Invisible Businessman: Undermining Black Enterprise with Land Use Rules
University of Kentucky - College of Law; University of Arkansas - School of Law
October 6, 2008
University of Illinois Law Review, p. 1061, 2009
This Article is an attempt to better understand and address the feeble rate of self-employment in African-American neighborhoods. My animating thesis is that black business lags, at least in part, because commentators have overlooked a key constraint on African-American entrepreneurship: land use regulation. In both the legal academy and in the halls of government, scholars have failed to understand how land use rules restrict commercial development in minority communities. More specifically, the literature has never acknowledged that zoning - the process of dividing an entire municipality into districts and designating permitted uses for each area - sharply limits the formation and expansion of entrepreneurship in black neighborhoods. Drawing on both sociological and empirical evidence, this paper begins by providing a brief recap of the importance of entrepreneurship in black places. The Article then contends that land use fees, municipal zoning board decisions, and the general insistence on separating residential from commercial uses all impress unique and disproportionate harms on African-American merchants, making it difficult to find affordable business space in suitable locations. The final section of the manuscript lays out a policy proposal that could spark a revival of inner-city entrepreneurship. I argue, in short, that transferring government-owned abandoned buildings to fledgling entrepreneurs would provide black merchants the space they need, without raising the ire of local homeowners.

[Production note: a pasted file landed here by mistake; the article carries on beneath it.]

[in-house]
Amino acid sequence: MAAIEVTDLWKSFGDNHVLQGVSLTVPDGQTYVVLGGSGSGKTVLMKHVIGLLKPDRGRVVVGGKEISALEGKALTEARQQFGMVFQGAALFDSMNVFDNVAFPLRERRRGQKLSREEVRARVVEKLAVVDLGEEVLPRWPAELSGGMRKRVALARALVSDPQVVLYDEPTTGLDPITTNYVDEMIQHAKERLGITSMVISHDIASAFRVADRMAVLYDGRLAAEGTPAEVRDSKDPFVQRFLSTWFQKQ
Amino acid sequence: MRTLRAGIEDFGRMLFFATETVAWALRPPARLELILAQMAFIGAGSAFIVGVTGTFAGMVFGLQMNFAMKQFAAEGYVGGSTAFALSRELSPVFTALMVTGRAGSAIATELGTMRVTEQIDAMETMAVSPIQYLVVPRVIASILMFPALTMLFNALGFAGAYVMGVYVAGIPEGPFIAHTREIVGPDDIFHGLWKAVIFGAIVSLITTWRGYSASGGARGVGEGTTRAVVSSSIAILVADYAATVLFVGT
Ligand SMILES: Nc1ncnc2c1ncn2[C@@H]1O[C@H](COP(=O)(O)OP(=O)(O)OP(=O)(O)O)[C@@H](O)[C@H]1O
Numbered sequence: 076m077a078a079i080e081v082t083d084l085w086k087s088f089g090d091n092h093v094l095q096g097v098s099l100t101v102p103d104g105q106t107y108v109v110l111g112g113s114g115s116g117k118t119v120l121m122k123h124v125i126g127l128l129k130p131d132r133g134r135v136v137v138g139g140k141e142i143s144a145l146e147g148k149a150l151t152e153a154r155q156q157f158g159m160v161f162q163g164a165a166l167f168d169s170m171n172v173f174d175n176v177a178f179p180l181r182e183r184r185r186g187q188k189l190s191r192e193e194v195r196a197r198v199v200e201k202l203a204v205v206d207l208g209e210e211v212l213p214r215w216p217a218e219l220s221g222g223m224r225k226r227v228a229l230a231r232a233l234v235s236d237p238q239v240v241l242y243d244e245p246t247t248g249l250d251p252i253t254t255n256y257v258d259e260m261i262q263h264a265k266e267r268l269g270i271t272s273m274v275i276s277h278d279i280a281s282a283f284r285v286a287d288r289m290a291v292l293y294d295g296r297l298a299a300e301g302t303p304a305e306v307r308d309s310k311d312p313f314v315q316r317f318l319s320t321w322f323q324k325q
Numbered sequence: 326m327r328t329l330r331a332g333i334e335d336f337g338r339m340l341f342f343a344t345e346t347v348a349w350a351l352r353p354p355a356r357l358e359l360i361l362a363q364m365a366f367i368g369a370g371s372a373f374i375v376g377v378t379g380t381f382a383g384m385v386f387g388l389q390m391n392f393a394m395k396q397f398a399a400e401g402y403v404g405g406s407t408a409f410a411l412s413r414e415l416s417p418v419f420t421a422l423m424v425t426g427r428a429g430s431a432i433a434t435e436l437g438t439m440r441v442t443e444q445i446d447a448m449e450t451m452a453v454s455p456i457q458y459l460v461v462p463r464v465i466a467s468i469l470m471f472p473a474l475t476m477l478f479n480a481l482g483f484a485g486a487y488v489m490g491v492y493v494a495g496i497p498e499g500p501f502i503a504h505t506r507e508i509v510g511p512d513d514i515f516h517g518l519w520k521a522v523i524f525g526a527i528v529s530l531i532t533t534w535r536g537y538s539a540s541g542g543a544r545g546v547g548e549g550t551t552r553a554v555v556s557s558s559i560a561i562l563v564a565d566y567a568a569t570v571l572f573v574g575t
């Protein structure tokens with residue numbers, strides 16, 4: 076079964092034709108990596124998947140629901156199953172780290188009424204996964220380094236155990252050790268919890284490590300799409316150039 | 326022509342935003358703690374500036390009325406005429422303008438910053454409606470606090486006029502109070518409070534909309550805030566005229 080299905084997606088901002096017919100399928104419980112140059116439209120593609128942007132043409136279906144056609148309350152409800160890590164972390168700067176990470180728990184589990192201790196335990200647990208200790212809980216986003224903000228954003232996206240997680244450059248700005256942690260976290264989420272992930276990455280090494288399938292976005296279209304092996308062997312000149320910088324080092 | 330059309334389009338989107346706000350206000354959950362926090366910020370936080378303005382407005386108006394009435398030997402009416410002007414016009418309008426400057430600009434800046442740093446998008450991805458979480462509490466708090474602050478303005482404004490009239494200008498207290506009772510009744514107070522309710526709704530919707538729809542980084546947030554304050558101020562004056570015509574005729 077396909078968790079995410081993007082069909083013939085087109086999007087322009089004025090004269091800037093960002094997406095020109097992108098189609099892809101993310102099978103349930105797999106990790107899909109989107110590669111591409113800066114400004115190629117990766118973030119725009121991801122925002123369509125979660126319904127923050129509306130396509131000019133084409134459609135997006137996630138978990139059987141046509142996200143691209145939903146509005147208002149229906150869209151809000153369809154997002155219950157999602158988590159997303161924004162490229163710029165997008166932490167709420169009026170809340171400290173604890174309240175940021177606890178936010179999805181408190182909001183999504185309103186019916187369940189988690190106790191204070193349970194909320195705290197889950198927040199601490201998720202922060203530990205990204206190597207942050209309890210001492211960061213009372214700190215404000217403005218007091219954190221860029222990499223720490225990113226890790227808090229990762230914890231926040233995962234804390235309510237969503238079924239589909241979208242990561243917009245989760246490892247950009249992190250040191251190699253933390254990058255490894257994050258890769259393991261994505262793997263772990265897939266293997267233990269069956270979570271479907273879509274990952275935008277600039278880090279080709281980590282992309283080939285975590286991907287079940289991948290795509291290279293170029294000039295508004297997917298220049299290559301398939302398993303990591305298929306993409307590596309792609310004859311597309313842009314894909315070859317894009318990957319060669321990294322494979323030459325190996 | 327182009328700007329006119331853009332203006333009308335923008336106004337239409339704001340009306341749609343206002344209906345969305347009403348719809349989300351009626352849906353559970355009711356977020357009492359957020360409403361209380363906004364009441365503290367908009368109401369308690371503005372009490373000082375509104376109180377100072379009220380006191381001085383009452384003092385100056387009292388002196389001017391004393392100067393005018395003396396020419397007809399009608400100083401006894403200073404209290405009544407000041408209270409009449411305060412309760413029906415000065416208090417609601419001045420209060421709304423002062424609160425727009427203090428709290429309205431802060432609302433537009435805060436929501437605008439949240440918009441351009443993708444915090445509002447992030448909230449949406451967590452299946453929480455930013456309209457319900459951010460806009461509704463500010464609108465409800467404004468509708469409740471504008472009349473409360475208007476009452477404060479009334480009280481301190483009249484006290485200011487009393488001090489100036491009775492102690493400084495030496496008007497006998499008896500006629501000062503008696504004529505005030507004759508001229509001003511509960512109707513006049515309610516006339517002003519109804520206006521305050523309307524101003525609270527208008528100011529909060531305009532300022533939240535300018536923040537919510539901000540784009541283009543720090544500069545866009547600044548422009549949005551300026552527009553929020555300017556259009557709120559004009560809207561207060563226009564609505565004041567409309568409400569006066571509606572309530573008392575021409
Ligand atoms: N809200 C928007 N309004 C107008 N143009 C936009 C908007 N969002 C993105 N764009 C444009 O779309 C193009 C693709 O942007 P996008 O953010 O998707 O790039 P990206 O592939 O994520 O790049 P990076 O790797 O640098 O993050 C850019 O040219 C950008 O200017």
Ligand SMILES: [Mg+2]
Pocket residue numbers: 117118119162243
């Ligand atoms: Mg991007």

Number of Pages in PDF File: 44
Keywords: zoning, land-use, business, vacant buildings, entrepreneurship, property
JEL Classification: K11, K20Accepted Paper Series
Date posted: October 6, 2008 ; Last revised: June 28, 2014
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